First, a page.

2011 is the 300th anniversary of the birth of one of the greatest figures in Western Philosophy – David Hume. As well as an economist and historian, Hume was specifically known for his scepticism and empiricism, and was also an important figure in the Scottish Enlightenment period in the 18th century. In this audio collection, The Open University’s Nigel Warburton is joined by A.C. Grayling and other philosophers to discuss Hume’s key theories around the self, induction and his argument against miracles. A good entry point into philosophy and the work of David Hume. This material forms part of The Open University course A222 Exploring philosophy.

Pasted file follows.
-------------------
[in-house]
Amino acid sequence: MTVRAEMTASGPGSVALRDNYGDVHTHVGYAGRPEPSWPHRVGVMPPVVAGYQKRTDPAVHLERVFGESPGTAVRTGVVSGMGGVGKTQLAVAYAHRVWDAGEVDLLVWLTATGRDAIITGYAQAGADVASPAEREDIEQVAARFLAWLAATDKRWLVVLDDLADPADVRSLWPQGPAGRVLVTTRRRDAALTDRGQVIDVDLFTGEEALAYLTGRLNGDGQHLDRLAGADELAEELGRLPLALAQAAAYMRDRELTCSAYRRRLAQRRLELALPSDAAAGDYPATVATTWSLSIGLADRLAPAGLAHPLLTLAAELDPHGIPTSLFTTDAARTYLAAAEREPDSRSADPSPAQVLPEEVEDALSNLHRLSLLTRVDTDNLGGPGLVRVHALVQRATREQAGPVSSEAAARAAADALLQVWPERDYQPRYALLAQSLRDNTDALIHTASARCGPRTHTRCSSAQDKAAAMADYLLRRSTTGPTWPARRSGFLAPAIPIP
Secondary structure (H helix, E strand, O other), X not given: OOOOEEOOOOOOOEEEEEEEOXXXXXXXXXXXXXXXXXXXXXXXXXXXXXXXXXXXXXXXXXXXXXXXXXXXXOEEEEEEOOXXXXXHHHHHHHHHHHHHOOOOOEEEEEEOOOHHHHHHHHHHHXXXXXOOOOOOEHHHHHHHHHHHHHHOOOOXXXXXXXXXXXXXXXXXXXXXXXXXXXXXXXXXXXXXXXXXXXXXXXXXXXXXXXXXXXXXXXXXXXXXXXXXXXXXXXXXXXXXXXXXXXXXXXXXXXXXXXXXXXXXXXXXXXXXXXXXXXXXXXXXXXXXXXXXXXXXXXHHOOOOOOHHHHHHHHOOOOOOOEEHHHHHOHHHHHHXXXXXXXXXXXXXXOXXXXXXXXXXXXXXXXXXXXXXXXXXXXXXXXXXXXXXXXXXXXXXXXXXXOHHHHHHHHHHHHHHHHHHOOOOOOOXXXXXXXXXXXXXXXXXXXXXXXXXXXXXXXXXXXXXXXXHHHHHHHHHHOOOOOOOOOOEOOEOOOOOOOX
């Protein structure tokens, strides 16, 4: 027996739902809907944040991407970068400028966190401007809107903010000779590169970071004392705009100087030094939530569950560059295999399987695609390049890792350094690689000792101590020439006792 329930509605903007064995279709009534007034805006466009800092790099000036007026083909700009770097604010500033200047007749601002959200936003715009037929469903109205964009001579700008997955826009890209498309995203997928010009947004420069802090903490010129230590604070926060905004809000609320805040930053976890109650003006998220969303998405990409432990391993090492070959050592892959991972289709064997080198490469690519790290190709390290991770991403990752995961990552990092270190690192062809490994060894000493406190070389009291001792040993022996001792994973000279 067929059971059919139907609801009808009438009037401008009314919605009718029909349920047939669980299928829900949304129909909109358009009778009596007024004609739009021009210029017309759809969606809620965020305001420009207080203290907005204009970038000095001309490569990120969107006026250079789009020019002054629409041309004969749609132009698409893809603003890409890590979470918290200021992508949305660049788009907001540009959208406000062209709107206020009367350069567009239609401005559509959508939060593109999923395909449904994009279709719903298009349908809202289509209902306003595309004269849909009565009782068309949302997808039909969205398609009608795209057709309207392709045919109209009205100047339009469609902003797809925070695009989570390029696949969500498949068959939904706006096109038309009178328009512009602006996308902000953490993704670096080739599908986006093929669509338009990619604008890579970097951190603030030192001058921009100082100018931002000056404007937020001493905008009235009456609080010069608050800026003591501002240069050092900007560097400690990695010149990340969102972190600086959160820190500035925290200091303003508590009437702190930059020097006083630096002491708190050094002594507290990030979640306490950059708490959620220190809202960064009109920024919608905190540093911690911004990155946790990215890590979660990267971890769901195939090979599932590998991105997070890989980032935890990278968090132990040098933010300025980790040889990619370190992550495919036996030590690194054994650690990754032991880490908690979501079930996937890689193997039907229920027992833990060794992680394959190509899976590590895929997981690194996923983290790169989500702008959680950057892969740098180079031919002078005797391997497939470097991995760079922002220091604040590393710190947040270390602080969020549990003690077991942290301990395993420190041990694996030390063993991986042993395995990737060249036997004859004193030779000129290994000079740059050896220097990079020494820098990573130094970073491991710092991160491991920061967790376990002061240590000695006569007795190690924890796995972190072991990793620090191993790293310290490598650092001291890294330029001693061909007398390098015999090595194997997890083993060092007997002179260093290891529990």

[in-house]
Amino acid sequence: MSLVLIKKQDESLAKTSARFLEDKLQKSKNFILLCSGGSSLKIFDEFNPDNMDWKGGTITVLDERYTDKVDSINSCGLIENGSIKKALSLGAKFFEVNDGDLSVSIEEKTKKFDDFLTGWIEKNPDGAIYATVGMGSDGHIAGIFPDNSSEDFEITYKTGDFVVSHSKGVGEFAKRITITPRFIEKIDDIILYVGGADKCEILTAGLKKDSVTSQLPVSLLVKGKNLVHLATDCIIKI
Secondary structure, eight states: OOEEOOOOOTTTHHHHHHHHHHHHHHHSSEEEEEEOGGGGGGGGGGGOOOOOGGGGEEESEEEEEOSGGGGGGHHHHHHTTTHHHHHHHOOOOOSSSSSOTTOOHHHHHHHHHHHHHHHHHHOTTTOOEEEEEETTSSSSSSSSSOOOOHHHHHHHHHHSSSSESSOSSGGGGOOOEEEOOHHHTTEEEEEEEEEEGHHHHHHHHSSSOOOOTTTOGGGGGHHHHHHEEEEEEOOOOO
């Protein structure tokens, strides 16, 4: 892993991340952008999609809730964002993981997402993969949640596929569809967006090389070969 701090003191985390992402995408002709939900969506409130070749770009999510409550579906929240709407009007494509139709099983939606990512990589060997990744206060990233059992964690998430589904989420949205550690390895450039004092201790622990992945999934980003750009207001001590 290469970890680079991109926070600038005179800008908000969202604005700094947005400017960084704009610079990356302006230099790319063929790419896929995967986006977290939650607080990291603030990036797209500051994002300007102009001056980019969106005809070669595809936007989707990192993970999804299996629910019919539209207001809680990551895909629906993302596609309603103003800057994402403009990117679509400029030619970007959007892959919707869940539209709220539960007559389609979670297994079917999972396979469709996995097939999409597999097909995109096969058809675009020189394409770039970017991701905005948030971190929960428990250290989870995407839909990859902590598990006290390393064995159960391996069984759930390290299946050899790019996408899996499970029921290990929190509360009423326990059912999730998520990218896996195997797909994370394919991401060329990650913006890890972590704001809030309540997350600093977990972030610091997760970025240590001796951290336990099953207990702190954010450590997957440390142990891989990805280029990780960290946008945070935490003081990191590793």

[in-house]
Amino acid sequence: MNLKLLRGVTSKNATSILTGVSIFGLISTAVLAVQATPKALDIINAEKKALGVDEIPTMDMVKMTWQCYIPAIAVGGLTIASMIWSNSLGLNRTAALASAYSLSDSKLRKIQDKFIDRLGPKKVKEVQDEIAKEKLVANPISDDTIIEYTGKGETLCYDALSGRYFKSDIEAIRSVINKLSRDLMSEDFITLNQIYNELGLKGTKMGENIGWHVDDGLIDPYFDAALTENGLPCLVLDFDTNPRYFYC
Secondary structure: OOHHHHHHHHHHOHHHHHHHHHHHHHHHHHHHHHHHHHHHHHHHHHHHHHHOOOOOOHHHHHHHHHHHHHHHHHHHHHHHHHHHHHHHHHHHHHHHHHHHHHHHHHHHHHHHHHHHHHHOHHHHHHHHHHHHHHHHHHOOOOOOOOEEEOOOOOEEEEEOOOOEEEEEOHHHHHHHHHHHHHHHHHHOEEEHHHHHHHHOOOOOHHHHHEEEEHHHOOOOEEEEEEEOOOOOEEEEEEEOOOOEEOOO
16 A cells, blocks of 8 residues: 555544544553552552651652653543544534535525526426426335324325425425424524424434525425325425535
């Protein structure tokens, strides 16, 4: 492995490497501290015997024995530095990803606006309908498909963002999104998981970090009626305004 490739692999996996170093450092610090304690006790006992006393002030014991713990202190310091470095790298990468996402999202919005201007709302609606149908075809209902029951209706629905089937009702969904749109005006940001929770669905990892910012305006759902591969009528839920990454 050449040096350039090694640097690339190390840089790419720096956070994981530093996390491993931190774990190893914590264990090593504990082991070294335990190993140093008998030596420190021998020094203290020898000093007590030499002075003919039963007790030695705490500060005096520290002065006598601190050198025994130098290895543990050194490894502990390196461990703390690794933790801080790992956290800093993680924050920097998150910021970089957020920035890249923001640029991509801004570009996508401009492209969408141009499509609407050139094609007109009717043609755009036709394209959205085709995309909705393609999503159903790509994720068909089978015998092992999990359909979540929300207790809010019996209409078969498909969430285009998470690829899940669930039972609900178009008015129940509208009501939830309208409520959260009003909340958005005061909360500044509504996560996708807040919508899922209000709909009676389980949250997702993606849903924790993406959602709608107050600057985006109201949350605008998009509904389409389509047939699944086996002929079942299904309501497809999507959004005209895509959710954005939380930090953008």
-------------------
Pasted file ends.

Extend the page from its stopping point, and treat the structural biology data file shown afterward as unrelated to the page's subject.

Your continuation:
Hume: An introduction
6:19Nigel Warburton talks about David Hume.
Hume's theory of the self
9:09Nigel Warburton talks to Simon Blackburn about David Hume's theory of the self.
Hume's discussion of the argument from design
8:45Timothy Chappell and Peter Kail discuss Hume on design.
Hume's argument against miracles
6:24Peter Kail and Timothy Chappell discuss Hume's argument against miracles.
Hume's theory of induction
10:48A conversation between Cristina Chimisso and Peter Kail, about Hume's theory of induction.